For many brand owners, distribution via digital platforms is an essential part of any growth strategy. However, if pricing models are not right, bricks-and-mortar retail customers may be consistently undercut by their digital competitors. This often leads to pressure on brand owners to seek to influence online resale pricing. In many parts of the world, succumbing to that pressure would be the wrong choice. Brand owners should explore other solutions, such as incentivising appropriate levels of investment in customer service by the online players.
For many companies Asia and especially China are important growth areas for their products. Given that they cannot be directly present in each jurisdiction, companies will often work with independent distributors and agents, and so face pricing issues. As volumes of online sales continue to grow (a 2017 PwC report found that 52 per cent of Chinese consumers shop daily or weekly by phone), the enforcement focus, and the tensions this causes between traditional bricks-and-mortar retailers and online sellers, is bound to increase.
Asia is a particularly challenging region in which to ensure compliance because of the widely varying approaches to RPM and other vertical restrictions found in the different jurisdictions:
- in China, RPM is a hot topic and the approach is strict, verging on a per se prohibition before China’s antitrust agencies (with US medical devices company Medtronic recently fined RMB 118.5m (c €15m)), but a ‘rule of reason’ analysis before at least one Chinese court;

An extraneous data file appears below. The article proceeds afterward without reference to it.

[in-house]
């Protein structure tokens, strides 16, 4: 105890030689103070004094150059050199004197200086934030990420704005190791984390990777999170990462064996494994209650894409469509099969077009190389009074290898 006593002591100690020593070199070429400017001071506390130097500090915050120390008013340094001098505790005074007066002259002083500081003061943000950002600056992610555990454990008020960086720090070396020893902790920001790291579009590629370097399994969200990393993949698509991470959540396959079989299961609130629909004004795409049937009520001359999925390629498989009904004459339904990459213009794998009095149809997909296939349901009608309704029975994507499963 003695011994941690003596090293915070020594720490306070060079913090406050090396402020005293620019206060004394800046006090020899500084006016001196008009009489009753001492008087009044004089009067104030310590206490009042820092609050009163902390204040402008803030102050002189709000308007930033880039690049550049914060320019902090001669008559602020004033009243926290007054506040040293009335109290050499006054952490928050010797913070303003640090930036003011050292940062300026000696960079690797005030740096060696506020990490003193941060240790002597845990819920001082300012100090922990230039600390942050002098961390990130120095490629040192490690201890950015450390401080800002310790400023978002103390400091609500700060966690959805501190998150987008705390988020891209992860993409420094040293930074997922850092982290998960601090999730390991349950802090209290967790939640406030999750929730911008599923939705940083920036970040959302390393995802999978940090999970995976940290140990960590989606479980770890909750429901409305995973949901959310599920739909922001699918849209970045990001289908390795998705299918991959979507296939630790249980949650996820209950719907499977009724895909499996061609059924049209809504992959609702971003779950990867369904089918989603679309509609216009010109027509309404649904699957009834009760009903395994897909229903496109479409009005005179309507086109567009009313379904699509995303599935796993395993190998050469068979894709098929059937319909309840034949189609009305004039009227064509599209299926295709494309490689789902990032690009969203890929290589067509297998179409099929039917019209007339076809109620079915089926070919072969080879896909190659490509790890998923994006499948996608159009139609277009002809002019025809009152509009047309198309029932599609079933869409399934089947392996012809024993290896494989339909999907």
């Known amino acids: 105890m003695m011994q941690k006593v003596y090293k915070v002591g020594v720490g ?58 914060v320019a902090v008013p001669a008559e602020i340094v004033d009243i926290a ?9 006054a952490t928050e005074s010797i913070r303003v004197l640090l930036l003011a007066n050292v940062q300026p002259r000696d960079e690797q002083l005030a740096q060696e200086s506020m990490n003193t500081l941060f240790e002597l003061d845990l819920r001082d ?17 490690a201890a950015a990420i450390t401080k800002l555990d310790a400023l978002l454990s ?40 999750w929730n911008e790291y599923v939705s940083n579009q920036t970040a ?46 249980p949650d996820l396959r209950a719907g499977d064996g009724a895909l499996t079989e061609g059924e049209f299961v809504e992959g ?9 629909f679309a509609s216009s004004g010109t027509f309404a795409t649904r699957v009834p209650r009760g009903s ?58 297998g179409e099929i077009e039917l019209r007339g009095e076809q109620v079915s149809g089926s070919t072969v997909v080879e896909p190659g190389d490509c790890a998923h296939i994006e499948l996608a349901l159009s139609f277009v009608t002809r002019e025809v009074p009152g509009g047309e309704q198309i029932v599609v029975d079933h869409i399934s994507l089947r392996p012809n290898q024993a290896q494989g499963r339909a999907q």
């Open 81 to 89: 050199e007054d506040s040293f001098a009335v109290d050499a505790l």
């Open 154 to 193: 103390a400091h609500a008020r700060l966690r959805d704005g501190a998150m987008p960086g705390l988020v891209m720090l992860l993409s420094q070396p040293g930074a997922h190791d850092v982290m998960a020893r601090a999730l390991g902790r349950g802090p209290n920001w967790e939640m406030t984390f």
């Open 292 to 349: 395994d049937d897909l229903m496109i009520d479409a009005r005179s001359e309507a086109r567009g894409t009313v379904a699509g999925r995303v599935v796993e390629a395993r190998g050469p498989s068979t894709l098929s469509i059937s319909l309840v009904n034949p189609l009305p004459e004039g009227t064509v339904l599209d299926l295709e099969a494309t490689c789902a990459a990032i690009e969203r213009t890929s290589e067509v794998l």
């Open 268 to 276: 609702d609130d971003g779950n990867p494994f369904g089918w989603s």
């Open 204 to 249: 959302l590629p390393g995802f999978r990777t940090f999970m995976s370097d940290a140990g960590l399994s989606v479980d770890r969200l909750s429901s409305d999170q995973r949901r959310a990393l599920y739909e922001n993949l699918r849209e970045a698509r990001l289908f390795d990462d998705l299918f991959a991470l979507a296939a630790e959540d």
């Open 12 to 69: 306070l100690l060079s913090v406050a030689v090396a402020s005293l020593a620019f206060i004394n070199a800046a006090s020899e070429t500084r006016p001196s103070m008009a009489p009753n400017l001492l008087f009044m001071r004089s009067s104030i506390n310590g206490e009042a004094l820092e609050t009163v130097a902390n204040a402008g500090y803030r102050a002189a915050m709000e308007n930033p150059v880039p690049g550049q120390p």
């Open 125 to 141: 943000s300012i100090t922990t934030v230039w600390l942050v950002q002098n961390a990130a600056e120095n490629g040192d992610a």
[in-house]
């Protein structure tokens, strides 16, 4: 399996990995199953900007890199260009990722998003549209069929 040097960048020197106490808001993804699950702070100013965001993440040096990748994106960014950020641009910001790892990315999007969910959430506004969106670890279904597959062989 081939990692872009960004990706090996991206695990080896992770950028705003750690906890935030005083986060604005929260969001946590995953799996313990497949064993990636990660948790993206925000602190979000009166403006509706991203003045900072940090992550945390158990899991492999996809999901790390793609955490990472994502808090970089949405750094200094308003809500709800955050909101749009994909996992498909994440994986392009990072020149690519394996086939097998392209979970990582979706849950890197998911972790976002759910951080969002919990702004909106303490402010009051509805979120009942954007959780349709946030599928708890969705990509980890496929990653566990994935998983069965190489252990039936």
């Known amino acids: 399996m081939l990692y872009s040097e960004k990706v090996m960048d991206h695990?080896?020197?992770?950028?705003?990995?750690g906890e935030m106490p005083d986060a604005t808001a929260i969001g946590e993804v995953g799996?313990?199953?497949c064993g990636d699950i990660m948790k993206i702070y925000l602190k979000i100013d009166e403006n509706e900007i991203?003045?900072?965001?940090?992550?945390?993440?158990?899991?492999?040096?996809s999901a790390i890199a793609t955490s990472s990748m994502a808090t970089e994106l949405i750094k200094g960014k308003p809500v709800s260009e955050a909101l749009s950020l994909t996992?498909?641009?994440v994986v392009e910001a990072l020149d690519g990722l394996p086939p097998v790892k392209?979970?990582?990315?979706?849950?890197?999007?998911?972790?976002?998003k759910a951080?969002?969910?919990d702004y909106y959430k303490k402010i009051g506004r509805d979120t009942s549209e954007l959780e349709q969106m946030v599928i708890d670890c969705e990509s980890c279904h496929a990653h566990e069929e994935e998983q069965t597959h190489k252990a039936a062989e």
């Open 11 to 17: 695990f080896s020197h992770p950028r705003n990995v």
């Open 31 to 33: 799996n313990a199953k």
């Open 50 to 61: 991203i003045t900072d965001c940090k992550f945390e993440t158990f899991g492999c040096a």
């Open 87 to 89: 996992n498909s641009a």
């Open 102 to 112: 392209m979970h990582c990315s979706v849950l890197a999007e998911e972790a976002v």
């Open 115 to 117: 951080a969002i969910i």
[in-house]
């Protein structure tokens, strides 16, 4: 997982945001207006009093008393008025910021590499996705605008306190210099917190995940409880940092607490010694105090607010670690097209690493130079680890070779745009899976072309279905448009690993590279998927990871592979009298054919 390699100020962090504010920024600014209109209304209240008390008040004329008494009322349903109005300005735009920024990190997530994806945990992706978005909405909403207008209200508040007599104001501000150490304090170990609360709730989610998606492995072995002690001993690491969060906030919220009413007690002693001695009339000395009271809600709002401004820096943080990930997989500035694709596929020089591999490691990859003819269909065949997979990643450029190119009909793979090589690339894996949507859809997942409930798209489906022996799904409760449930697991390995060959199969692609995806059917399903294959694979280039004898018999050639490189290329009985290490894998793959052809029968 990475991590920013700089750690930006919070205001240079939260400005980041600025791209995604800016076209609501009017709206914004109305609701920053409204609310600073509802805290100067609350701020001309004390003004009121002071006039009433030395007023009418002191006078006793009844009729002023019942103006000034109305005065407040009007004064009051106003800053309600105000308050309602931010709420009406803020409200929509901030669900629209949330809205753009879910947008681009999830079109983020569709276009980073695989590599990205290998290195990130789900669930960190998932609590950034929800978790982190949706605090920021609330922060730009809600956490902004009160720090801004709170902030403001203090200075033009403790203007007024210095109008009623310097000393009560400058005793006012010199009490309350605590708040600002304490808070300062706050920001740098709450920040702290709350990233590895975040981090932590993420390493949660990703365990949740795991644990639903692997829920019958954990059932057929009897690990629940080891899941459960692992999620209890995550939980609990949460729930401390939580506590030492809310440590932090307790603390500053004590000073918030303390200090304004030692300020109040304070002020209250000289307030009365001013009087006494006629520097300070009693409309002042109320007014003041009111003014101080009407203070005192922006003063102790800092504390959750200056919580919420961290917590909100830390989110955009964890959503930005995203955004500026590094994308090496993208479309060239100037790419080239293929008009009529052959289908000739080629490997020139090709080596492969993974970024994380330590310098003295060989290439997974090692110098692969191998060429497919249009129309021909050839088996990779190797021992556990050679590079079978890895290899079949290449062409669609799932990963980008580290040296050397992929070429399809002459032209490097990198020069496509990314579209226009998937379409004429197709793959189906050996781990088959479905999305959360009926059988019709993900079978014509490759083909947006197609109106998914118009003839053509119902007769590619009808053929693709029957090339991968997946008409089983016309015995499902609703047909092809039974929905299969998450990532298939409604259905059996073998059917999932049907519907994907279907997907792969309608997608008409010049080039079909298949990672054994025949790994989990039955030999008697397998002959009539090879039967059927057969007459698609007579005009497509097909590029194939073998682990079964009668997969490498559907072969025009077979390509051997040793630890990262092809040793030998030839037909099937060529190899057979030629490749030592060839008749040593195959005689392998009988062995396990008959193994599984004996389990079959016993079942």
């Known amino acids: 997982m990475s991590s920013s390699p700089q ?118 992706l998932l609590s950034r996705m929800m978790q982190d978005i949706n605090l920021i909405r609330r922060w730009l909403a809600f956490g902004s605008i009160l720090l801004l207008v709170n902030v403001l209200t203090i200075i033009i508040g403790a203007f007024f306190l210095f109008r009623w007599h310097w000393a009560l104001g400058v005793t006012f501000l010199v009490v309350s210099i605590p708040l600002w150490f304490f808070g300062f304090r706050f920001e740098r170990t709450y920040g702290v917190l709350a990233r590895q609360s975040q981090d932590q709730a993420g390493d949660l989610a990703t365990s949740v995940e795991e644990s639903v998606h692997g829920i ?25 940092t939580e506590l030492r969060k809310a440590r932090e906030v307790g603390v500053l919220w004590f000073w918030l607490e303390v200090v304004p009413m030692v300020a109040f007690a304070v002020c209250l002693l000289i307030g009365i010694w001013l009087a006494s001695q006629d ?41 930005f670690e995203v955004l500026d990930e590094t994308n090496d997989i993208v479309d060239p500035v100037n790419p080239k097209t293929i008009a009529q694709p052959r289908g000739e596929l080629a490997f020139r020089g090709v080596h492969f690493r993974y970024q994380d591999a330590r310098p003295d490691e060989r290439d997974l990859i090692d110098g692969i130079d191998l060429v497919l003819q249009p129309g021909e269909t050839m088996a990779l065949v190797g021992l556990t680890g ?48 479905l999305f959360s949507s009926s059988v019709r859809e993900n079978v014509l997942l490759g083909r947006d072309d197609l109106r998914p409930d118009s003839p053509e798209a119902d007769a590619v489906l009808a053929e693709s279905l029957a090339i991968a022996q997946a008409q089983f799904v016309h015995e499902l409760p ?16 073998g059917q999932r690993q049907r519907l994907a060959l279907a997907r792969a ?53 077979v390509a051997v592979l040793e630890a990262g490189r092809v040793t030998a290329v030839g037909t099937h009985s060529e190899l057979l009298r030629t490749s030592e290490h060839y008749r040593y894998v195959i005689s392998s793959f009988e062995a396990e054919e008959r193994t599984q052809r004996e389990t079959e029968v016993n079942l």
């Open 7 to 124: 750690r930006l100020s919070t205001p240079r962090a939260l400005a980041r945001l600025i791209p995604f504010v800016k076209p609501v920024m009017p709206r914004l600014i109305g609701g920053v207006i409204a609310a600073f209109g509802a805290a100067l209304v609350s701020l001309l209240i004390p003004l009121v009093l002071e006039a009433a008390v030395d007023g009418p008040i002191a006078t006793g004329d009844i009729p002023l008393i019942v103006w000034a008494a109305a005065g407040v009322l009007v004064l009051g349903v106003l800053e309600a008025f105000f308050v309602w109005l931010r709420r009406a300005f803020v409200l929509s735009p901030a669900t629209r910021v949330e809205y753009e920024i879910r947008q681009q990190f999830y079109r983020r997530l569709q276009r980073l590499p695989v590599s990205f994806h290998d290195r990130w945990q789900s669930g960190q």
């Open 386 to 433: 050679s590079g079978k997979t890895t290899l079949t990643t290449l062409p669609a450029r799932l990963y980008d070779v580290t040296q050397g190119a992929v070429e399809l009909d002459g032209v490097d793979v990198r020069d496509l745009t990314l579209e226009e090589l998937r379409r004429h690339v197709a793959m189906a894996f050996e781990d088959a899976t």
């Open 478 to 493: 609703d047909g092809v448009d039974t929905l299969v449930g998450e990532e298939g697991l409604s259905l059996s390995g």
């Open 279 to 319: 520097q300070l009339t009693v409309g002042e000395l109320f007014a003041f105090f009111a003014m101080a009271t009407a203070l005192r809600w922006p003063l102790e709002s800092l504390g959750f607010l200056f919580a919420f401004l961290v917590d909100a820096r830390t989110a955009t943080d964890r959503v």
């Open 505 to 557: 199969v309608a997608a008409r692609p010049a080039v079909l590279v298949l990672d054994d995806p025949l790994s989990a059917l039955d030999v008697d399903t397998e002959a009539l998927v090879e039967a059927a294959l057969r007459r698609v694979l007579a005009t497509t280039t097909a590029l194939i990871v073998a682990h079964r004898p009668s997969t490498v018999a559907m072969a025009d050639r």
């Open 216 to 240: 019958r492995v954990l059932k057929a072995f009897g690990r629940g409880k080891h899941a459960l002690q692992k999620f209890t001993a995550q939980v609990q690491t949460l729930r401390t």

- in Singapore, non-dominant companies are for now effectively free to impose any preferred restrictions in their relations with distributors and sales agents; and
- the Japanese authorities have been particularly vigilant in the area of online restrictions, recently forcing Amazon to adjust its online most favoured nation (MFN) practices.
Faced with such a variety of laws in Asia, companies are often best advised to adopt a high standard across the board, providing for limited exceptions where that is feasible.
As approaches to RPM and other vertical restrictions vary widely across Asia, hard decisions have to be made when crafting a strategy across the region. Companies need to remain on top of regional developments, as some jurisdictions get tougher with enforcing against restrictions in sales and distribution arrangements.
In 2018, we are likely to see a continued trend towards more enforcement against companies that are pricing ‘excessively’ and demand for more guidance as to exactly what ‘excessive’ means. Although the law is not new, the appetite for bringing cases is, so far focusing on the pharmaceutical industry and technology sector:
- Pfizer and its distributor Flynn are currently contesting UK authority fines (£84.2m and £5.2m) for excessive pricing of Pfizer’s epilepsy medication. Following de-branding and Pfizer increasing its price 2,600 per cent, the UK CMA found that in the presence of such a significant increase, there was no need to carry out an international comparison, which might have showed similar high prices elsewhere;
- in Italy, Aspen has been fined for excessive pricing of cancer medicines and it is now under investigation by the European Commission in respect of the rest of the EU; and
- in Asia, the recent fines against Qualcomm – first in China, then South Korea and most recently in Taiwan – show that the interest in excessive pricing is not limited to Europe, and highlight the increasing risk of excessive pricing claims in the technology sector in Asia.